Previous studies have observed that the children of depressed mothers are more likely to have delays in cognitive development, worse school performance, higher rates of behavioral problems, and deficits in social-emotional regulation. Children of depressed mothers are also more likely to experience adolescent depression.
Most studies have understood these vulnerabilities to neurodevelopmental problems and psychiatric illness in the context of parental genetic contributions and/or the quality of parenting and the mother-child relationship. However, there is a growing number of neuroimaging studies indicating that the fetal environment is vitally important and that risk may be transmitted from mother to child during fetal life. These studies indicate that exposure to maternal depression in utero — independent of the medications we use to treat it — influences the development of the frontal cortex and the amygdala–prefrontal circuits, a finding that has implications for future affect regulation. Specifically, altered amygdala–prefrontal connectivity has been implicated in pediatric depression.
In a recent review (FULL TEXT available), Duan and colleagues review the findings of these studies. Summarizing the findings of these studies, it appears that there are changes in connectivity between the amygdala and prefrontal cortex. Studies also suggest decreased hippocampal growth in the first six months of life, decreased cortical thickness, and, especially in female children, increased amygdala volume. Several studies have demonstrated a dose response effect, such that higher levels of prenatal depressive symptoms were associated with more significant changes in the architecture of the infant’s brain.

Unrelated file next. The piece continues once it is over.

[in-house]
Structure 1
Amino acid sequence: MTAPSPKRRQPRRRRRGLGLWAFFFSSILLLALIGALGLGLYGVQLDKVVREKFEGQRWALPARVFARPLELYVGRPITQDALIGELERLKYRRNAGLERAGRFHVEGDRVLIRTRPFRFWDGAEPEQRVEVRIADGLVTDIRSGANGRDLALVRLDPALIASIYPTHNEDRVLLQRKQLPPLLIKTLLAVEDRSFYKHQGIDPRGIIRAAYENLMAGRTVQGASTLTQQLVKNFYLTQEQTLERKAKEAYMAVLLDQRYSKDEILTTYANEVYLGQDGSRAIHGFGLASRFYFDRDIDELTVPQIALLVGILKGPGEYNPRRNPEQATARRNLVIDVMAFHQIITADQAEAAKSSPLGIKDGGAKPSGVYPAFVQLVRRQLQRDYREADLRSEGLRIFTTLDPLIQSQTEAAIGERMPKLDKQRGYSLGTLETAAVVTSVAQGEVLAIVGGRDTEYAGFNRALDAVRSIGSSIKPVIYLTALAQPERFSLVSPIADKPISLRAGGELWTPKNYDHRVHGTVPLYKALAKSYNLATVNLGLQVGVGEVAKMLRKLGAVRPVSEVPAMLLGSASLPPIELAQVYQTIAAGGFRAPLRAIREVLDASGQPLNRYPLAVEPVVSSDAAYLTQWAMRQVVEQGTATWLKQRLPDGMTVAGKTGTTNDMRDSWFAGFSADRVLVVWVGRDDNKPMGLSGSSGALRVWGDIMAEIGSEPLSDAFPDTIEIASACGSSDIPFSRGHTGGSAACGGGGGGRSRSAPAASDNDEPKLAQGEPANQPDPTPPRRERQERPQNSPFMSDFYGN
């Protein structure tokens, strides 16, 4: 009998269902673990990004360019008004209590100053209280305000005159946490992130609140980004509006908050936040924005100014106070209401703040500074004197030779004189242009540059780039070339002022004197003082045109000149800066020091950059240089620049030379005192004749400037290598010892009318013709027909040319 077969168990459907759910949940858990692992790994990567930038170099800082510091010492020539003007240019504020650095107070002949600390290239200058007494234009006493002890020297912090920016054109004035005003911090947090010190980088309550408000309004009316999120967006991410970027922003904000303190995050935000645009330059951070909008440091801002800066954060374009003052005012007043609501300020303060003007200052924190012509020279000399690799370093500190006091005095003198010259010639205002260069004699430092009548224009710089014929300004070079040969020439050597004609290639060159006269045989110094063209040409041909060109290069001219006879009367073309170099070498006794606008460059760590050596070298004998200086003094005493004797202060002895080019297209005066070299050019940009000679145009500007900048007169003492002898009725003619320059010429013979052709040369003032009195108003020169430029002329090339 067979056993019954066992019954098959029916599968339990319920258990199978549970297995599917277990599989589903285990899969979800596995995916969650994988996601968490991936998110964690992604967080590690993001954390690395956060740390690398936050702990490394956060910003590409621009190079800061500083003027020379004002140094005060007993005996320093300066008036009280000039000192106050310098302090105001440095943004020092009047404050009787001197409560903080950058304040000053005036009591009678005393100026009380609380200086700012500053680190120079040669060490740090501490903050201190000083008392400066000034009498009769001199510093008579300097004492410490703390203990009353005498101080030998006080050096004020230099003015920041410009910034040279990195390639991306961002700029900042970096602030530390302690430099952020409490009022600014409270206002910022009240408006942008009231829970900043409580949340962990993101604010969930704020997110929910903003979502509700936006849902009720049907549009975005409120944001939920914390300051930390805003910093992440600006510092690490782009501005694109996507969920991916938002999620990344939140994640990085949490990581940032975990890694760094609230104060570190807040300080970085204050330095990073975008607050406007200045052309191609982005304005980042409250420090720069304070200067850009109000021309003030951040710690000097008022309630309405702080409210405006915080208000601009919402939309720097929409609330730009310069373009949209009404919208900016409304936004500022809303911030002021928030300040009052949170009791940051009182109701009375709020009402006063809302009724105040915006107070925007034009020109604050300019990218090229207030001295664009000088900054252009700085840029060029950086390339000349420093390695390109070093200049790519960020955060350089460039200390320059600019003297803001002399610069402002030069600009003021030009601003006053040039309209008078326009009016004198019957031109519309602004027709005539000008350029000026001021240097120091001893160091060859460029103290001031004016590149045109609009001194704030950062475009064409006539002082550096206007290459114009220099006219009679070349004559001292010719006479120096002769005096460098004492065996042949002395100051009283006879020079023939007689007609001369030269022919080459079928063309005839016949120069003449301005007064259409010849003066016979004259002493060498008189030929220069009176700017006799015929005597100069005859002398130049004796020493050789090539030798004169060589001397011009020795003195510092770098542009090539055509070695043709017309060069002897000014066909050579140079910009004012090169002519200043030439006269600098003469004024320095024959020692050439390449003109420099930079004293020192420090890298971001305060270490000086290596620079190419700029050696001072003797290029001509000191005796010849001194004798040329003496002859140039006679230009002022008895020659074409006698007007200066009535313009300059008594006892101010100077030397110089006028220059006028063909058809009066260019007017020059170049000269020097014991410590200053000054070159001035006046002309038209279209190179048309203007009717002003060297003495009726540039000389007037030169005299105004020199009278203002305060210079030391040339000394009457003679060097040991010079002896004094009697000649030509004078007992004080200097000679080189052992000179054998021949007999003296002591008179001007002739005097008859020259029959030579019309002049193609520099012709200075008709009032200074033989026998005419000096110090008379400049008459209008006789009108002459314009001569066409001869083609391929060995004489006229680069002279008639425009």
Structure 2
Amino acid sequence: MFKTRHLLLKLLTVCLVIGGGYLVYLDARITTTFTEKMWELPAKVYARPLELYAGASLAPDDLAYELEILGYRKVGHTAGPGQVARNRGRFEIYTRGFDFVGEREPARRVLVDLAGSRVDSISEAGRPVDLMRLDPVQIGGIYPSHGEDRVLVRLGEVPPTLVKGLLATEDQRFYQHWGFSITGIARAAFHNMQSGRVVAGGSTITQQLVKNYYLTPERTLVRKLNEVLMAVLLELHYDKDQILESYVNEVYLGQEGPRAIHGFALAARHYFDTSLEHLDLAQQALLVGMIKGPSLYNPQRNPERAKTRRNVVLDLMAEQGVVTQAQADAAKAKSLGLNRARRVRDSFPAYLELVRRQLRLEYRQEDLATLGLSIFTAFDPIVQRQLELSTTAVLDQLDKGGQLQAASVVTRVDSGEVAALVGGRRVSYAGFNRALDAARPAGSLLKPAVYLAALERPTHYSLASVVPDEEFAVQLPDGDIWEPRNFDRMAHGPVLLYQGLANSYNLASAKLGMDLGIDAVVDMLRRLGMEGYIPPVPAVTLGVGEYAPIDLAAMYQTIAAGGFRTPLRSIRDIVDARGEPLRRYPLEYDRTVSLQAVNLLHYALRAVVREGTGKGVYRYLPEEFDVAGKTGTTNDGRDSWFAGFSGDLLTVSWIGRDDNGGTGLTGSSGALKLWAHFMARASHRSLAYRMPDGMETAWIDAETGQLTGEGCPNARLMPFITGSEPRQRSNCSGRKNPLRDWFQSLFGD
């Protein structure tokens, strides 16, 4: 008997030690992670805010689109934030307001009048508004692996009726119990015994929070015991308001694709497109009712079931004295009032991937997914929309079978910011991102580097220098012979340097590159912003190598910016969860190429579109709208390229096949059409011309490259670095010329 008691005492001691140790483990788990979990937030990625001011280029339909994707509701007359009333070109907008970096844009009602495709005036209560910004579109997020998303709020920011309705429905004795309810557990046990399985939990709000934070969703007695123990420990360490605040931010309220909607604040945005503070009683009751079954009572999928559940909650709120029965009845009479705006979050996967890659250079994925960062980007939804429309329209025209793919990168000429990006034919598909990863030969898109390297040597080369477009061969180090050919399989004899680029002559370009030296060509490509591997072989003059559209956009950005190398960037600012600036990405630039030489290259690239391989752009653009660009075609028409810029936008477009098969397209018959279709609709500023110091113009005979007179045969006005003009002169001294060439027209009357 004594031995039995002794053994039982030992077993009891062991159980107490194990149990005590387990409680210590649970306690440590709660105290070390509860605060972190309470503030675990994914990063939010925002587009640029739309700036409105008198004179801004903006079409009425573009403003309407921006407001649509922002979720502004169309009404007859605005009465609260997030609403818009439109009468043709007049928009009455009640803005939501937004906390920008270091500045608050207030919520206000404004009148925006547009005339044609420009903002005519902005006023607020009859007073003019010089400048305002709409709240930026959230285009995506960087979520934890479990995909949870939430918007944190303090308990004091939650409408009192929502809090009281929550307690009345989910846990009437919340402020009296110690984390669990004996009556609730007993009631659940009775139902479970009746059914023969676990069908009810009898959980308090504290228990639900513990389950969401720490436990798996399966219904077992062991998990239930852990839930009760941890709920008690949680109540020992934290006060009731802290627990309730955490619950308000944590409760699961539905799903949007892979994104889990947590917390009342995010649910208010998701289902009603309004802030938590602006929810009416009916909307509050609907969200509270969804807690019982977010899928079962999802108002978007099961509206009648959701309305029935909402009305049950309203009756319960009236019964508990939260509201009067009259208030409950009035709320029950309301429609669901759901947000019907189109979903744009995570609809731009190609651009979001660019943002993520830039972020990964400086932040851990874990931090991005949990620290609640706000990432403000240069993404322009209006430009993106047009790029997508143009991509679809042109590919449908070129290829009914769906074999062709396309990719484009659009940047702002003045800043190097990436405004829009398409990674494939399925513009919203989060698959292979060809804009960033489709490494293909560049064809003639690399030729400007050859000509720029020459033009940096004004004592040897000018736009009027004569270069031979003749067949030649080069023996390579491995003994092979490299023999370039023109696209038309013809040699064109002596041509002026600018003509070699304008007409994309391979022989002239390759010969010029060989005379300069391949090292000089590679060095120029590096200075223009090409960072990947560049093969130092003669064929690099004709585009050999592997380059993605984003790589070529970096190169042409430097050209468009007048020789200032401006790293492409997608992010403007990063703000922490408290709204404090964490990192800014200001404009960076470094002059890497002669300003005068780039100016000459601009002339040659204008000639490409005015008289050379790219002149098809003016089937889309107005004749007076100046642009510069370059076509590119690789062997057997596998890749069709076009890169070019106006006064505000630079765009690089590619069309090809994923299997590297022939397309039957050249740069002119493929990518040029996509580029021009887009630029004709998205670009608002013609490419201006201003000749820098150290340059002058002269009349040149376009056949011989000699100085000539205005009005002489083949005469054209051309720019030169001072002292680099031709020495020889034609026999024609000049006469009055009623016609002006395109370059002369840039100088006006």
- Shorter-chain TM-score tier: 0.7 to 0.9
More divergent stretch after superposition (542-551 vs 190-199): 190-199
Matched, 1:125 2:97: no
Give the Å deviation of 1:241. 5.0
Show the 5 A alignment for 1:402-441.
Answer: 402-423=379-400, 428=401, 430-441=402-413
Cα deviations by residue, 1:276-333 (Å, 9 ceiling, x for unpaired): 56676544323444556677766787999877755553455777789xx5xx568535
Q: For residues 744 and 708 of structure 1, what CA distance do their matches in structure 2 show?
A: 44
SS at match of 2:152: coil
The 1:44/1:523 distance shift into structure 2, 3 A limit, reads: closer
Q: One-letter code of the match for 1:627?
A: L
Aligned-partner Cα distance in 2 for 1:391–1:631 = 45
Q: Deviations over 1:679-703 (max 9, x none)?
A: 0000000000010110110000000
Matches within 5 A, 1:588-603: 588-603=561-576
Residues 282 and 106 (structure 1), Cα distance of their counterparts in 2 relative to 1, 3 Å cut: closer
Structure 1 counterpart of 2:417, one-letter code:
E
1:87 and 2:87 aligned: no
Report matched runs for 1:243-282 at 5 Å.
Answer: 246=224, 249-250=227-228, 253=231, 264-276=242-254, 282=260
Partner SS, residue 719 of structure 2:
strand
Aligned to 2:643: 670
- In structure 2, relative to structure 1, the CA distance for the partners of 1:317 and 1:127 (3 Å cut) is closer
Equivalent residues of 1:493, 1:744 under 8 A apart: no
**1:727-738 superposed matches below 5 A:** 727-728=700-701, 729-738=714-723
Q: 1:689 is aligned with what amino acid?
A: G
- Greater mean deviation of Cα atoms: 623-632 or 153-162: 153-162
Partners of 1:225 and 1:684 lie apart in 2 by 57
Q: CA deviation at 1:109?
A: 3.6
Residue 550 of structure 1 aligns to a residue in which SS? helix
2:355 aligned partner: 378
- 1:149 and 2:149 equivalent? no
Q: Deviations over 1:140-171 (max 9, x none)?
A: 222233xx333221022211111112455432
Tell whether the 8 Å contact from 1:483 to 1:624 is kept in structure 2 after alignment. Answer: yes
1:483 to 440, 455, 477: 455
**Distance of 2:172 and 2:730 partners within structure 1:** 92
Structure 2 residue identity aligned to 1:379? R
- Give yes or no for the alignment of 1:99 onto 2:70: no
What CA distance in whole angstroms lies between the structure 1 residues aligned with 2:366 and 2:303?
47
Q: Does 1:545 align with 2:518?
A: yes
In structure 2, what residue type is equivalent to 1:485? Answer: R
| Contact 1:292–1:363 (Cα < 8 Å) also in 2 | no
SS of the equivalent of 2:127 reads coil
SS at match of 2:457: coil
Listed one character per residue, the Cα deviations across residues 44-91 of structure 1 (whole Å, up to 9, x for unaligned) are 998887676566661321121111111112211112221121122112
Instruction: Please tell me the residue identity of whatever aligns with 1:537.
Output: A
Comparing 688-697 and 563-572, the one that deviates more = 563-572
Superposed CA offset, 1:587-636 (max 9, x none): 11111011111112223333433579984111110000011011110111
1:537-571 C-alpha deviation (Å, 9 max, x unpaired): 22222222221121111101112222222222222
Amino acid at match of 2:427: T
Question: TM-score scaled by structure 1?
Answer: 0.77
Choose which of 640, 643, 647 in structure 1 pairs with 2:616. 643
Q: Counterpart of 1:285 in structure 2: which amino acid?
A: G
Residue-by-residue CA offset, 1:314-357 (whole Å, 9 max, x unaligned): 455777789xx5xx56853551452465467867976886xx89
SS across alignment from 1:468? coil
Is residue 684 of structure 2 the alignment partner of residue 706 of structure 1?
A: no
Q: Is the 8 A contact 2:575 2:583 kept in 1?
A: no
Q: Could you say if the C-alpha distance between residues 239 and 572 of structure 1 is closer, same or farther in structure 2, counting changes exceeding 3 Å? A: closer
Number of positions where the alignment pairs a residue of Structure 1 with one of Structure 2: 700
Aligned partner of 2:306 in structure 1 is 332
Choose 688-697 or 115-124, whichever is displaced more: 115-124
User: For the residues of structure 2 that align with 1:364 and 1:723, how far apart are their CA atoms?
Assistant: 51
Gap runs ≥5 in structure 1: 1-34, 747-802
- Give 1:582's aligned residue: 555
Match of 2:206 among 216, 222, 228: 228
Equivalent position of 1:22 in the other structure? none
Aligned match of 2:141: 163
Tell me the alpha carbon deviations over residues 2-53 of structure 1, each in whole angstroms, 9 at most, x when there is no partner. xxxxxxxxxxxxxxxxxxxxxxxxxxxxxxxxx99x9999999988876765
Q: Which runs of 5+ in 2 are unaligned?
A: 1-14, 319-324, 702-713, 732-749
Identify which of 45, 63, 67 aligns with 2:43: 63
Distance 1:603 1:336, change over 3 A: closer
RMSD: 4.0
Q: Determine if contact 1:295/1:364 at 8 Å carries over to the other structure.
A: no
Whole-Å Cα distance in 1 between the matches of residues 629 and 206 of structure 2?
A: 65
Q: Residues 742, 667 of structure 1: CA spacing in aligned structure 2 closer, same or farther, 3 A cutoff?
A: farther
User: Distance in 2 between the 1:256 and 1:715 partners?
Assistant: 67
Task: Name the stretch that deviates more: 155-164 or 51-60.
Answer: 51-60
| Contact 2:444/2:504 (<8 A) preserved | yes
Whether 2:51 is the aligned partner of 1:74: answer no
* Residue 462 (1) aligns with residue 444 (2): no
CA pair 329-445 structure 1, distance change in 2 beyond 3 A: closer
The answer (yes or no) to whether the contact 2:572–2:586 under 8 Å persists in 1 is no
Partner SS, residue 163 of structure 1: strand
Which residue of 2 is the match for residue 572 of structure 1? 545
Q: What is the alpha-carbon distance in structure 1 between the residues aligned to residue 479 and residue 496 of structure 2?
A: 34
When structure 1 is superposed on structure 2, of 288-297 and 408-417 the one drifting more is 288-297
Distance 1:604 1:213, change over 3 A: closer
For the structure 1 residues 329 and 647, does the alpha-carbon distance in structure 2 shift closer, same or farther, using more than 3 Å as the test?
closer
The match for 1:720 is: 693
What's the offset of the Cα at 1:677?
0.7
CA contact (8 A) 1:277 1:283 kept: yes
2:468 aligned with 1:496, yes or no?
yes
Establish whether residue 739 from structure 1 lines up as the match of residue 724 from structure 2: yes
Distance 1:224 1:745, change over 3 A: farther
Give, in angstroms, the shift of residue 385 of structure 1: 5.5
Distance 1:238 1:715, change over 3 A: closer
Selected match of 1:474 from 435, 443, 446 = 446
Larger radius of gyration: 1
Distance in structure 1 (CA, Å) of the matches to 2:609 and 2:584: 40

While this type of research is still in its infancy, it provides us with another mechanism to explain the vulnerability to neurodevelopmental problems and psychiatric illness observed in the children of depressed mothers. Putting these findings into practical clinical recommendations is not so easy. We must consider the potential risks of exposure to medications during pregnancy, but at the same time take into account the effects of untreated psychiatric illness in the mother on the developing child. Avoidance of all medications is not necessarily the safest option. Women planning a pregnancy must be properly counseled regarding the risks of treatment versus the risks associated with untreated psychiatric illness in the mother, and the woman’s health care provider plays an important role in weighing these individual risks and selecting the best options for treatment.
Ruta Nonacs, MD PhD
Duan C, Hare MM, Staring M, Deligiannidis KM. Examining the relationship between perinatal depression and neurodevelopment in infants and children through structural and functional neuroimaging research. Int Rev Psychiatry. 2019 May; 31(3): 264-279. Free article.